Environment Minister George Heyman, Premier John Horgan and Energy Minister Michelle Mungall announce decision to proceed with construction of the Site C dam, B.C. legislature library, Dec. 11, 2017. (Ragnar Haagen/Black Press)

Site C dam goes ahead, cost estimate now up to $10.7 billion

Premier John Horgan says Christy Clark left him no other choice

B.C. Premier John Horgan has given the green light to completion of the Site C hydroelectric dam, after B.C. Hydro revised its cost estimate upward by more than $1 billion.

The B.C. NDP cabinet has struggled with the decision, with the project two years in and facing a cost of $4 billion to shut down construction of the third dam on the Peace River and put the site back the way it was.

After hearing from experts for weeks, the government faced an estimate that B.C. Hydro rates are already expected to rise 30 per cent over the next 10 years without the costs of Site C.

If the dam is halted, rates would go up another 12 per cent by 2020 to pay the cost. That translates to an extra $198 per year for an average single-family house.

RELATED: How Christy Clark made Site C unstoppable

When it proceeds, government officials expect the additional rate increase would be 6.5 per cent when the dam goes into service in 2024. B.C. Hydro would likely apply to the B.C. Utilities Commission to “smooth” that rate increase, raising it in smaller steps to pay for the dam.

Horgan blasted the previous B.C. Liberal government for “megaproject mismanagement” that left the NDP government with little choice.

“It’s clear that Site C should never have been started,” Horgan said. “But to cancel it now would add billions to the province’s debt – putting at risk our ability to deliver housing, child care, schools and hospitals across B.C. And that’s a price we’re not willing to pay.”

The risk reserve for Site C has been increased by $700 million to prepare for further costs increases.

B.C. Liberal critic Mike Bernier, MLA for Peace River South, said the project had been studied for a decade and 2,000 families and Peace region businesses have been left with uncertainty while the new government’s review carried on.

B.C. Liberal finance critic Tracy Redies, a former B.C. Hydro board member, said the NDP’s review confirmed that with projected growth in electricity demand, B.C. will need the equivalent of nine Site C dams by 2050.

B.C. Green Party leader Andrew Weaver said proceeding with Site C was a result of the NDP “pandering for votes” by taking $4.7 billion of Port Mann bridge debt onto the government books to cancel bridge tolls.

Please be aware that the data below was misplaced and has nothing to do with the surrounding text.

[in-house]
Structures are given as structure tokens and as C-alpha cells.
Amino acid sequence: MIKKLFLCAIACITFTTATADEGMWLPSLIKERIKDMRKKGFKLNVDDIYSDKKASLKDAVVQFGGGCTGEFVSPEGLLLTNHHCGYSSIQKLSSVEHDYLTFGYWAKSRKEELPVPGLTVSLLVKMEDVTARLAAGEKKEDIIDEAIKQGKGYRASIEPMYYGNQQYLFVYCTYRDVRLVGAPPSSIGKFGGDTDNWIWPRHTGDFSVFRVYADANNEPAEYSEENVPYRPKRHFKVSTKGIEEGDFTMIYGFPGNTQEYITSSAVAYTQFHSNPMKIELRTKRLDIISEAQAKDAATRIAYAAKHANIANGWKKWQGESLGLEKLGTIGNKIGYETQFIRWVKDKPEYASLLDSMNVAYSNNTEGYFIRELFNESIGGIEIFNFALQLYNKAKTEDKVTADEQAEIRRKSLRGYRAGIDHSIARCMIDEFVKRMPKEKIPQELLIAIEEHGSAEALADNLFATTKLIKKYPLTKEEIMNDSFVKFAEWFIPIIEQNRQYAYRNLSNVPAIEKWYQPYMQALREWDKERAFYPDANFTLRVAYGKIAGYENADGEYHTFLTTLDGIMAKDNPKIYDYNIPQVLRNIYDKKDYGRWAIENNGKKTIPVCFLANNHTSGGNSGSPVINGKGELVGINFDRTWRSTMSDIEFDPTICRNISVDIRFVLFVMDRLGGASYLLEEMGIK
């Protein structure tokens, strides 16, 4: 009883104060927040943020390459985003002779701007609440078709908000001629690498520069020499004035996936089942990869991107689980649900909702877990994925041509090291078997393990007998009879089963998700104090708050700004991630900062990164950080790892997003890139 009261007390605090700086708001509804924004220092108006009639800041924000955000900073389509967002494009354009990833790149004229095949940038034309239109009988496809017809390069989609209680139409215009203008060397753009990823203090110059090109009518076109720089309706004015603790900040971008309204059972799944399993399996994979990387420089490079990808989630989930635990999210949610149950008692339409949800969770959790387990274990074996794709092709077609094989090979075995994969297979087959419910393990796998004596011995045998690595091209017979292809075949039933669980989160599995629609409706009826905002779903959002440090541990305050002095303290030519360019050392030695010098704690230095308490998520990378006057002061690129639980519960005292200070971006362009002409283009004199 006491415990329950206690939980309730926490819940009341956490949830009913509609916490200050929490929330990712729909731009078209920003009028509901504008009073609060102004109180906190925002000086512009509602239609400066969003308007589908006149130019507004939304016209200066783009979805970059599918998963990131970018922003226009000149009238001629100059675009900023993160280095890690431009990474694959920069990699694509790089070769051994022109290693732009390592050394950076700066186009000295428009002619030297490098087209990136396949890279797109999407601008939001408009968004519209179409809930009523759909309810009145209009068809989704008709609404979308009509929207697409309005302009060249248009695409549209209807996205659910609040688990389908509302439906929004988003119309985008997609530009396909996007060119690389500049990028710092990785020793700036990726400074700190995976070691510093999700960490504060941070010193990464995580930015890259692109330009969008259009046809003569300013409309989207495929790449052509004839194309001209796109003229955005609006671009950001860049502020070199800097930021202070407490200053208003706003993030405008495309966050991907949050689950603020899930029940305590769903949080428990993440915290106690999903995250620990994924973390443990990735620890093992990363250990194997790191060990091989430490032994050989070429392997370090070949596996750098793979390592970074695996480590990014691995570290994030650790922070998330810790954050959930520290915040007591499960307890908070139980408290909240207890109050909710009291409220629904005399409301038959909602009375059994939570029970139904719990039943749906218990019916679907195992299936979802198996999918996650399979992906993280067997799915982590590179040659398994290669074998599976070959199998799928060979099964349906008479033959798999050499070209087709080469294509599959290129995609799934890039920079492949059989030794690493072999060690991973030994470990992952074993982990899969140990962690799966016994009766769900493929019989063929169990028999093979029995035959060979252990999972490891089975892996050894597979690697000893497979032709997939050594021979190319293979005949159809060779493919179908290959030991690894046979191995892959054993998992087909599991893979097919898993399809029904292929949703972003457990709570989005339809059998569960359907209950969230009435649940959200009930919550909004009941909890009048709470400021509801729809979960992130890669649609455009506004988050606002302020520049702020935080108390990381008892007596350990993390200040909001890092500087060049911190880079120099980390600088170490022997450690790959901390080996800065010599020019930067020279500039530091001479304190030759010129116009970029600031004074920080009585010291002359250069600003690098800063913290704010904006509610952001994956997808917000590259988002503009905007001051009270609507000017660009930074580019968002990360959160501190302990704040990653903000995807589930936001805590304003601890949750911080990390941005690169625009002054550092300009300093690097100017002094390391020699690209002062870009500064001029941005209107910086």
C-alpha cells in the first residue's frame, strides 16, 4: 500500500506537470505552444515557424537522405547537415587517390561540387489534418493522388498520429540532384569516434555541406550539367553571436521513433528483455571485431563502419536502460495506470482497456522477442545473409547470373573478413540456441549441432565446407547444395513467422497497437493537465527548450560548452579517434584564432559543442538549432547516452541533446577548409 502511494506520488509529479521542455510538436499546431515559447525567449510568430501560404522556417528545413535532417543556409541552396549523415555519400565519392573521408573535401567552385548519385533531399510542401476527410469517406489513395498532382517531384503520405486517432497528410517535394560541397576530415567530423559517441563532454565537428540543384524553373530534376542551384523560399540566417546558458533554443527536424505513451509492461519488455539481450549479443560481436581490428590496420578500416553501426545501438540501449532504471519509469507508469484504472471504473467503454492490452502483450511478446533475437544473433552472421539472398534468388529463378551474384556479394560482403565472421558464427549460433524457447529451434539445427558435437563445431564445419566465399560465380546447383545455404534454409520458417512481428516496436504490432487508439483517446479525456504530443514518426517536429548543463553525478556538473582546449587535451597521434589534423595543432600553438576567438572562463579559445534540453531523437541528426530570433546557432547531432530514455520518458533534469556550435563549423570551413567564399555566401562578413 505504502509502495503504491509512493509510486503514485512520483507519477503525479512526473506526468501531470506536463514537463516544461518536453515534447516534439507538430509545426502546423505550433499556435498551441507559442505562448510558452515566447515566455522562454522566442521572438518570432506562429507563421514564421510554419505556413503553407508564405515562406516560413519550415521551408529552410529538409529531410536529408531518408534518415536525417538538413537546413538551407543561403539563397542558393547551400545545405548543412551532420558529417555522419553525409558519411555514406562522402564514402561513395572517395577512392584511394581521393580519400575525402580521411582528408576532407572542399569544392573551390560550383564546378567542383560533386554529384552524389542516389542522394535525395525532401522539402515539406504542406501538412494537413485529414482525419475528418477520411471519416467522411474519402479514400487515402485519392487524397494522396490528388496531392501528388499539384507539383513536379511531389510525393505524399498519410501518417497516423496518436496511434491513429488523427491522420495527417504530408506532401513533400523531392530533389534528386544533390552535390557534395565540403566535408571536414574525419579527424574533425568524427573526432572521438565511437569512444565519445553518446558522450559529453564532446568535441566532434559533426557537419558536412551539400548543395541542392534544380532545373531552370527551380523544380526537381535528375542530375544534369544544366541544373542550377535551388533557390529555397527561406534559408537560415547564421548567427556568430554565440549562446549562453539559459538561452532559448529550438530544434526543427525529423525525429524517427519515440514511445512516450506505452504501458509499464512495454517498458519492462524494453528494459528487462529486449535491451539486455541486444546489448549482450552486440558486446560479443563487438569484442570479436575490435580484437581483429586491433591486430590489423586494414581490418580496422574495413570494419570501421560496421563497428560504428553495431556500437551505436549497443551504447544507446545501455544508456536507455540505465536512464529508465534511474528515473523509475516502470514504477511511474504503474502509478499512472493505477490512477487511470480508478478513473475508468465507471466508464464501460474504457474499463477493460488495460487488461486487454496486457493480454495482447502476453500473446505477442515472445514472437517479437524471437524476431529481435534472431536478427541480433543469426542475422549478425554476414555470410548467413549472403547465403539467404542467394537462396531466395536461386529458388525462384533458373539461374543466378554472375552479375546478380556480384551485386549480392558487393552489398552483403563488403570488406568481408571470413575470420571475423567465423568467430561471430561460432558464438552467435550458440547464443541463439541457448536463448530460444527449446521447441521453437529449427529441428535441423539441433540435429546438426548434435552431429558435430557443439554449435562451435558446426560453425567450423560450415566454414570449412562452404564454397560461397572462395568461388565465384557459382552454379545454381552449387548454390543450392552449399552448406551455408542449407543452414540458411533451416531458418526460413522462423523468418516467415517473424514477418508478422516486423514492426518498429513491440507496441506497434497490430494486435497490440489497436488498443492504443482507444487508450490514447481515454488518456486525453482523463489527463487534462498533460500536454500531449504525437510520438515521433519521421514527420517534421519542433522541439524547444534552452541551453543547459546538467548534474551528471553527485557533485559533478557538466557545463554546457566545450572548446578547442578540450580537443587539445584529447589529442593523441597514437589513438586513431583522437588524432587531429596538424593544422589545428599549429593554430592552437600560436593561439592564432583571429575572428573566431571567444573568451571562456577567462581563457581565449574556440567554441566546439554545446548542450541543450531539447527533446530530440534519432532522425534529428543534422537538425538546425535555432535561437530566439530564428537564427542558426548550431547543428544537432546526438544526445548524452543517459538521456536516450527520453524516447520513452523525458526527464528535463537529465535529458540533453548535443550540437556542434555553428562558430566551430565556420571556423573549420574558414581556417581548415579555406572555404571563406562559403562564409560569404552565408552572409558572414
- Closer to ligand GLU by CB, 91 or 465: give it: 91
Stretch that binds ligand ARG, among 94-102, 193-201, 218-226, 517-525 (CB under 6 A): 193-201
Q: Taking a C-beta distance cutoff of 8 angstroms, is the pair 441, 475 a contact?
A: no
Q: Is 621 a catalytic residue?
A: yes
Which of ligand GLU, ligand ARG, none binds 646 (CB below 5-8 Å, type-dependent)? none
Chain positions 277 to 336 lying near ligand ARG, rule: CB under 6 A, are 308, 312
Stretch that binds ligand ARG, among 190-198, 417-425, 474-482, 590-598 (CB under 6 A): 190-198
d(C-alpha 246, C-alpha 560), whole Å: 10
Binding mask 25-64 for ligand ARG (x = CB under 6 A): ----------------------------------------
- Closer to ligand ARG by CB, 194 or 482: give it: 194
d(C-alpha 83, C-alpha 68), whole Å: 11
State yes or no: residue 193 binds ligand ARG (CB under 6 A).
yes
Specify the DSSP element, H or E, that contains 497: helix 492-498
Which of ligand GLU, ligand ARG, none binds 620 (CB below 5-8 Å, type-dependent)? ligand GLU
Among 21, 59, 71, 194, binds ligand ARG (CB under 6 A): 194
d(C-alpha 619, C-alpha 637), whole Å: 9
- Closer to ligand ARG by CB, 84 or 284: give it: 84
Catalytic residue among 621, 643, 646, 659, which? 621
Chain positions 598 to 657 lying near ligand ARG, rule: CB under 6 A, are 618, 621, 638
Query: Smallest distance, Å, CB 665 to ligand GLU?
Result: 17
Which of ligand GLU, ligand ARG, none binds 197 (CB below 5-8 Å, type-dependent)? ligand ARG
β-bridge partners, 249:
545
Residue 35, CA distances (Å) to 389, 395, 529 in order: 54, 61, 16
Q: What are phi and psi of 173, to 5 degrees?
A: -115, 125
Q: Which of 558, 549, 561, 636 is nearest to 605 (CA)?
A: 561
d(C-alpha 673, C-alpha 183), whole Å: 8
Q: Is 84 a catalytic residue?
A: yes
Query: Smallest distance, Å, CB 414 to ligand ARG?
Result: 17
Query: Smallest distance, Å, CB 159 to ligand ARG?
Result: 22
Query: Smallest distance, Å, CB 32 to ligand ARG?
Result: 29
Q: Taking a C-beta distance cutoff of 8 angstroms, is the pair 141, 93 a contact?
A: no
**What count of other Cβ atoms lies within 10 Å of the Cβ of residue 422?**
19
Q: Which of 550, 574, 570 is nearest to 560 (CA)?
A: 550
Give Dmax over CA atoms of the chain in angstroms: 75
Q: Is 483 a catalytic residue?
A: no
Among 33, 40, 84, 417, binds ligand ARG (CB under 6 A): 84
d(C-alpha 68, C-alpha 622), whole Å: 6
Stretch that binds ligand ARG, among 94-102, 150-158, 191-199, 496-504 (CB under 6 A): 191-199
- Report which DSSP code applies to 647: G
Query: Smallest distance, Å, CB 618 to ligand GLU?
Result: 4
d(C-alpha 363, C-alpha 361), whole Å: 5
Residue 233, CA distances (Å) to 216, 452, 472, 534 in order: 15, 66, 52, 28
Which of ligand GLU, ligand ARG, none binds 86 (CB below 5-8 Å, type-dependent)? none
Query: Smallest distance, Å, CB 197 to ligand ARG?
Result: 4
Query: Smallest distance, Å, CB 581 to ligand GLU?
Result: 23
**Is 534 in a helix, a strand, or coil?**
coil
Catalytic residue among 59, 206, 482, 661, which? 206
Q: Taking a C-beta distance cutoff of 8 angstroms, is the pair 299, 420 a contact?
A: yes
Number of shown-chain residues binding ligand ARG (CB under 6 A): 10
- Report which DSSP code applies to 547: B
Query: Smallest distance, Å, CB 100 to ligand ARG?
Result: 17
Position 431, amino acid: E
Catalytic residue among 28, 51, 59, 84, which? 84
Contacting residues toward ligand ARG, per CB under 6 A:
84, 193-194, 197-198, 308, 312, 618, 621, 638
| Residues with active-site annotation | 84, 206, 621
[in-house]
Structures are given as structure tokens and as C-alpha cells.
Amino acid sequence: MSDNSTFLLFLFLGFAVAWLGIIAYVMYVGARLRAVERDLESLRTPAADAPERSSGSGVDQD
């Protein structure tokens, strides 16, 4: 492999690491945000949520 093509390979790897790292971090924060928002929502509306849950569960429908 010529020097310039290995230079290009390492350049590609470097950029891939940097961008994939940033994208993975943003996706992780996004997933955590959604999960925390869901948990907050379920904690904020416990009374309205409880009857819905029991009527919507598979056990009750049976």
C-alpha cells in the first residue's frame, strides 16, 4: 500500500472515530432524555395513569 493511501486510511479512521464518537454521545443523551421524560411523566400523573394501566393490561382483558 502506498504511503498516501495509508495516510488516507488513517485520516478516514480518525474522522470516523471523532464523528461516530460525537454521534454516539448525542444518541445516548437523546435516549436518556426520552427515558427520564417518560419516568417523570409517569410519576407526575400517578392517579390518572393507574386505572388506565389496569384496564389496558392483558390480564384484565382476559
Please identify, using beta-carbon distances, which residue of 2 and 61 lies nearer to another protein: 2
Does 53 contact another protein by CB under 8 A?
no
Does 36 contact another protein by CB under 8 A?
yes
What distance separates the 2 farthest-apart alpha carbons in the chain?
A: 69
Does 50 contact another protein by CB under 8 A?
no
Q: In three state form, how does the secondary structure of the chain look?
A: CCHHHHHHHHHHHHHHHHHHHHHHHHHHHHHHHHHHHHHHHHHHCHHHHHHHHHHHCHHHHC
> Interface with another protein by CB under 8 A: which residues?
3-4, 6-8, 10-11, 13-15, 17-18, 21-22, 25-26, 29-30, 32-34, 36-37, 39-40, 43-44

Now the province can’t afford the $4 billion cost of stopping the dam, and it has two bad policies based on political expediency, Weaver said.


@tomfletcherbc
tfletcher@blackpress.ca

Like us on Facebook and follow us on Twitter.

BC HydroBC legislatureSite C

Get local stories you won't find anywhere else right to your inbox.
Sign up here

Just Posted

HMCS Victoria popping up as training sessions underway

MARPAC says plume of smoke normal for recharging submarine

Sidney part of a region that suffers ‘chronic shortage’ of daycare spaces

Consultants find that Sidney needs 233 new spaces to meet the current demand for daycare

Thieves harvest from 11 unlocked cars in Oak bay

Looting unlocked cars called ‘farming,’ says deputy chief

Friday night tickets affect Saturday behaviour at the University of Victoria

Saanich police see direct response after issuing several $230 fines

COVID-19: 4 more deaths, 366 new cases in B.C. since Friday

A total of 8,208 people in B.C. have tested positive for COVID-19 since January

Group wants Parliament, courts to hold social media to same standard as publishers

Daniel Bernhard made the comments shortly after Friends of Canadian Broadcasting released a research paper

COVID-19 liquor, music rules extended with fines

‘Nightclubs must cease operating as nightclubs’

Carole James heads ‘caretaker’ B.C. government

James is among 15 MLAs retiring at the end of their current term

Join Black Press Media and Do Some Good

Pay it Forward program supports local businesses in their community giving

Reader’s Lens

Readers share their photos

B.C.’s Chase Claypool catches first NFL touchdown pass

Abbotsford grad establishes new record for longest scrimmage TD by a Canadian

B.C. has highest number of active COVID-19 cases per capita, federal data shows

B.C. currently has 1,803 active cases after weeks of COVID-19 spikes in the province

Most Read